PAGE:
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Rob Culpepper
Rob Culpepper

6 Things Zombies Actually Eat

Rob Culpepper
Rob Culpepper

A closer reading of the literature proves the menu for your next zombie gathering is more complicated than just "brains."

1. HUMAN OFFAL

In the ancient Sumerian Epic of Gilgamesh, Ishtar, the goddess of love and war, threatens to start a zombie apocalypse: raising the dead to eat the living. It’s the oldest reference to zombies in the world. It makes no mention of brains in particular.

2. LOCALLY SOURCED FLESH

Some say the Nachzehrer from German mythology is actually a vampire, but blood is not on its menu. Instead, after rising from the grave, the ghoul eats its own flesh. As the Nachzehrer feasts, its living relatives become sick.

3. PROTEIN SHAKES

The Draugr was the undead gym rat of Norse mythology. The rotting corpse roamed the countryside and swelled to enormous sizes to show off its strength. It passed the time haunting people and, we assume, eating whey protein by the fistful.

4. ASTRONAUT ICE CREAM

Edgar Rice Burroughs, the author of Tarzan, also wrote a sci-fi serial that features zombies ... in space. In Lost on Venus, a mad scientist named Skor steals blood from the living and uses it to revive the dead, who do his bidding. Brains weren’t part of their undead repertoire.

5. CORN AND PEAS

According to the world’s most gullible 12th-century historian, William of Newburgh, undead revenants terrorized medieval Europeans for decades. They were nicer across the pond. On All Souls’ Day, the Cochiti Pueblo people would leave corn, beans, peas, and watermelons in church for them.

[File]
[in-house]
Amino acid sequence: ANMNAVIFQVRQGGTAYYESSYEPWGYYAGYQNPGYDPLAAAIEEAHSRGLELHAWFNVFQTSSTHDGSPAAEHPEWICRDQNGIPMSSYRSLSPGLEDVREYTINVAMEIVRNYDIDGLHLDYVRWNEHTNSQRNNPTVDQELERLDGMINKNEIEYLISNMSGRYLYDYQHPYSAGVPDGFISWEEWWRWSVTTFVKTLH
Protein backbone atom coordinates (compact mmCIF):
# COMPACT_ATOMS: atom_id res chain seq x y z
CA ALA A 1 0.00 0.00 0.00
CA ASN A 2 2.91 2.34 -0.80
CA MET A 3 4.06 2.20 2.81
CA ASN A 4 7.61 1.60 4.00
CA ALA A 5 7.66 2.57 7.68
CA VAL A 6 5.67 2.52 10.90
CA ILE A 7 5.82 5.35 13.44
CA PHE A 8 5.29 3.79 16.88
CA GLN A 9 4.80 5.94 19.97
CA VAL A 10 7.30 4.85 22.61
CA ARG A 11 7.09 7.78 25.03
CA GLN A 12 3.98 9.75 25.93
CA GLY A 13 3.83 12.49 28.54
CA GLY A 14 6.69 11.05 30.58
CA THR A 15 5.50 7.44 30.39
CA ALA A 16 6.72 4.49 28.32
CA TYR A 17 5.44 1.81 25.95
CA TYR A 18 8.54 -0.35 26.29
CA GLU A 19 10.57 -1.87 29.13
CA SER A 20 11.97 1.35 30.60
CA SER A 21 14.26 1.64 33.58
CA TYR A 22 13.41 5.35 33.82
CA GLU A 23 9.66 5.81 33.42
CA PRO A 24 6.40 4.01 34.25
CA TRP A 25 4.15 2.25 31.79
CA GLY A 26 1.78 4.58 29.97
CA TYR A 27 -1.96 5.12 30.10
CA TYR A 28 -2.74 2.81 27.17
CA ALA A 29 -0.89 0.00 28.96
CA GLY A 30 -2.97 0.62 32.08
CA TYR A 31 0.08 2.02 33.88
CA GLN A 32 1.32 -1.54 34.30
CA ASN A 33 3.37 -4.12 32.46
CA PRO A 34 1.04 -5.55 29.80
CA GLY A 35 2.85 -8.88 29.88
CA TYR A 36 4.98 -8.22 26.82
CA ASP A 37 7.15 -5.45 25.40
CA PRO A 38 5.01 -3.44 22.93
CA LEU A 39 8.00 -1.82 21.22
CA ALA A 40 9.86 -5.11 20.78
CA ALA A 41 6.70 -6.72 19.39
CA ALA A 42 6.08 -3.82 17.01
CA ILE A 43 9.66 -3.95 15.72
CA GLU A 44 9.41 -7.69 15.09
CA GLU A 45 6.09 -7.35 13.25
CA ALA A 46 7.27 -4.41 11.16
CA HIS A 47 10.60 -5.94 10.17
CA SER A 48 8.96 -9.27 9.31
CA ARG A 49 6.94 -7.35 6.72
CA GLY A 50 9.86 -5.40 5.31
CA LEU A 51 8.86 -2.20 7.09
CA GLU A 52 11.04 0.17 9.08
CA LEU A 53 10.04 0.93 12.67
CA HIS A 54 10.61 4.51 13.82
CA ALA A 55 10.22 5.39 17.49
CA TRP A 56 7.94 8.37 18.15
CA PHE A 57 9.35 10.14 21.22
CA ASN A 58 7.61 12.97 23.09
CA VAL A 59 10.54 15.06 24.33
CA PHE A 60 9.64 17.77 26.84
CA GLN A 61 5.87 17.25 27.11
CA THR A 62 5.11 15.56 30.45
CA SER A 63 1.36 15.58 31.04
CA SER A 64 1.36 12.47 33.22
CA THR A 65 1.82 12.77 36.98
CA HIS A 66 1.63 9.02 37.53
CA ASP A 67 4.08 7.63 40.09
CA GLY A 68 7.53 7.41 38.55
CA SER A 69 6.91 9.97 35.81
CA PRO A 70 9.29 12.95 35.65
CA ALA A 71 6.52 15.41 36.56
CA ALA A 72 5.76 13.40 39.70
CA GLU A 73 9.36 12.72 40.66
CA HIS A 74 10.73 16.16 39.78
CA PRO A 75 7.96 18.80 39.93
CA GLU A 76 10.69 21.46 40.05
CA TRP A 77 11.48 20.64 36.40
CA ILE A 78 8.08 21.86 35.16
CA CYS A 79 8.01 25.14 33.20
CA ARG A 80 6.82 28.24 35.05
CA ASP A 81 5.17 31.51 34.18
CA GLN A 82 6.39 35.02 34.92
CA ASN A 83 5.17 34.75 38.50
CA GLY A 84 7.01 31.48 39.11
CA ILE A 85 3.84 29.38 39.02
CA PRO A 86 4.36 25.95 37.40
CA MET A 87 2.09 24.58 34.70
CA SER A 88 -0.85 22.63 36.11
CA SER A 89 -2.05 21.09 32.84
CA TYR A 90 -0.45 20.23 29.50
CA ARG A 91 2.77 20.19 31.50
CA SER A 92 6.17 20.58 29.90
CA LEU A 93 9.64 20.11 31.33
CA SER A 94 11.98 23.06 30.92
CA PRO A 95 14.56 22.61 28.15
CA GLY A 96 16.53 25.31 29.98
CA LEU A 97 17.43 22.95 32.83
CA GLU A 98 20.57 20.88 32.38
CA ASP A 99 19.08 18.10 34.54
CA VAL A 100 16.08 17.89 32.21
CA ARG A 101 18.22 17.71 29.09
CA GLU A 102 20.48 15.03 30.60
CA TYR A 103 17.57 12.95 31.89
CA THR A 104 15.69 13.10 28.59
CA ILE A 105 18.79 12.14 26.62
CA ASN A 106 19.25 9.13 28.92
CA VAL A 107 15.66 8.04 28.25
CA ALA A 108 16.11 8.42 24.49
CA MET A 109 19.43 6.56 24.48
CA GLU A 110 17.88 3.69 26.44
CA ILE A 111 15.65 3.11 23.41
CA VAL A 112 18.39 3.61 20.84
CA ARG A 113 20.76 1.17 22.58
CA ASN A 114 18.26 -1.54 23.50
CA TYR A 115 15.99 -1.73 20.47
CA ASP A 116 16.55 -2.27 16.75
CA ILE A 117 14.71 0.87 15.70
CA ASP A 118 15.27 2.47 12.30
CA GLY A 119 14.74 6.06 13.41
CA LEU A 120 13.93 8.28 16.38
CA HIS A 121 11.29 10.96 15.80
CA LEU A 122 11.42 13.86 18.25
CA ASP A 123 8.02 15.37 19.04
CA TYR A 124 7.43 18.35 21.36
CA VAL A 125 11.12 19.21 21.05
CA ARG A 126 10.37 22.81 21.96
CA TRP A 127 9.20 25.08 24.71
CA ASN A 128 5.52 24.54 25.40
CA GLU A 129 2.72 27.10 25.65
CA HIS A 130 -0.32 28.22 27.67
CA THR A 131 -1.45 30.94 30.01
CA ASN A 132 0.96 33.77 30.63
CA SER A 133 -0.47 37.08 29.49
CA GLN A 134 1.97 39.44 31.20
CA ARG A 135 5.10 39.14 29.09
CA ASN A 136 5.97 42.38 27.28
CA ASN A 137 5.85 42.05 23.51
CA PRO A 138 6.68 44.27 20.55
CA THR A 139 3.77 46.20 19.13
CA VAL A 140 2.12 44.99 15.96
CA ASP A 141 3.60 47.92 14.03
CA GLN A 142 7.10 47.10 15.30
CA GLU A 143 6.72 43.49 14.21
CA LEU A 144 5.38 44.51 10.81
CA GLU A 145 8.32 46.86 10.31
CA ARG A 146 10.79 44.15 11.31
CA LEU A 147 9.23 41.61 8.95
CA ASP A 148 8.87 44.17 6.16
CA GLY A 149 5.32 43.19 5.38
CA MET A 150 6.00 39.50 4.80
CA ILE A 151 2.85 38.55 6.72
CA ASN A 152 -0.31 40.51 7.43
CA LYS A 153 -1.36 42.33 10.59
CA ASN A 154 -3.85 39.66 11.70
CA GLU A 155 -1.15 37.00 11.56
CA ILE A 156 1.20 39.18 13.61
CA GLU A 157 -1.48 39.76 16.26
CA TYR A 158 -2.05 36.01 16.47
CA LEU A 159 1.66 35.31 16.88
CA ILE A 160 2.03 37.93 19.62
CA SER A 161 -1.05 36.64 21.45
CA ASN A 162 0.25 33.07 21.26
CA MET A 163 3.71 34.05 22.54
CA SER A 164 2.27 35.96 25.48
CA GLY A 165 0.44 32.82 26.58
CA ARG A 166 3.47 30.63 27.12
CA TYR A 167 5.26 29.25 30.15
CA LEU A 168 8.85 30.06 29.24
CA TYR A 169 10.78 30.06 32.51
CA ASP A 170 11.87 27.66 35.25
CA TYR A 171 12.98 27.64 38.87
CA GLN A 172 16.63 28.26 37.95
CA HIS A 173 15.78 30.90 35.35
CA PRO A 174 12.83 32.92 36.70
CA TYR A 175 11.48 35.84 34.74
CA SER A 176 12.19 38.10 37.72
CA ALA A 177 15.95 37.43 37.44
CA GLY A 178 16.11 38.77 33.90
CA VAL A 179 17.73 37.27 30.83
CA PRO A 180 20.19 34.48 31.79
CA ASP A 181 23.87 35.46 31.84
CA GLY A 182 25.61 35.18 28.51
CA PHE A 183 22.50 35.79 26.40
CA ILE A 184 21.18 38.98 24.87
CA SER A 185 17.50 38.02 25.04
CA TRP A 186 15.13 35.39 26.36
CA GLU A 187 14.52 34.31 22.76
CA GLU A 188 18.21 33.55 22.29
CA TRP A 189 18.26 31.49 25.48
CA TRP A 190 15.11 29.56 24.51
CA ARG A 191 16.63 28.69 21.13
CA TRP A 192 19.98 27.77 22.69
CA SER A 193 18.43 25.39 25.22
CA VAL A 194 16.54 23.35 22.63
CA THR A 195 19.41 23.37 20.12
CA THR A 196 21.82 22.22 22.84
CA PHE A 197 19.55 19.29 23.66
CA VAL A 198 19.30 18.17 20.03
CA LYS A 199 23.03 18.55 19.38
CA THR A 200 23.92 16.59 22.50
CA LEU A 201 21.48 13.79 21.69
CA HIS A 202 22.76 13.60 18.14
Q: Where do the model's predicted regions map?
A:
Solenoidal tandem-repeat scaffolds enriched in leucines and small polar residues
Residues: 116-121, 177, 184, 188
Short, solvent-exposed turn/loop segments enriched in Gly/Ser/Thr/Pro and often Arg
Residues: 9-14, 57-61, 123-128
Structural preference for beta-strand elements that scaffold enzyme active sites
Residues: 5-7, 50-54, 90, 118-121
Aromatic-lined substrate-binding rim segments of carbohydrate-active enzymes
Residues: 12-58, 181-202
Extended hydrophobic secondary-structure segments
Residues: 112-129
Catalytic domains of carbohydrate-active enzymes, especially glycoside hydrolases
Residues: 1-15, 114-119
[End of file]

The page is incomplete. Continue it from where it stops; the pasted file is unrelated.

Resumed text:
6. FLESH (HOLD THE BRAINS)

Pop culture’s first true zombies didn’t eat brains. The script for Night of the Living Dead simply says they eat flesh. “I’ve never had a zombie eat a brain!” director George Romero told Vanity Fair in 2010. “I don’t know where that comes from. Who says zombies eat brains?”

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Scientists Identify Cells in the Brain That Control Anxiety
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People plagued with the uncomfortable thoughts and sensations characteristic of anxiety disorders may have a small group of cells in the brain to blame, according to a new study. As NPR reports, a team of researchers has identified a class of brain cells that regulates anxiety levels in mice.

The paper, published in the journal Neuron, is based on experiments conducted on a group of lab mice. As is the case with human brains, the hippocampus in mouse brains is associated with fear and anxiety. But until now, researchers didn't know which neurons in the hippocampus were responsible for feelings of worry and impending danger.

To pinpoint the cells at work, scientists from Columbia University, the University of California, San Francisco, and other institutions placed mice in a maze with routes leading to open areas. Mice tend to feel anxious in spacious environments, so researchers monitored activity in the hippocampus when they entered these parts of the maze. What the researchers saw was a specialized group of cells lighting up when the mice entered spaces meant to provoke anxiety.

To test if anxiety was really the driving factor behind the response, they next used a technique called optogenetics to control these cells. When they lowered the cells' activity, the mice seemed to relax and wanted to explore the maze. But as they powered the cells back up, the mice grew scared and didn't venture too far from where they were.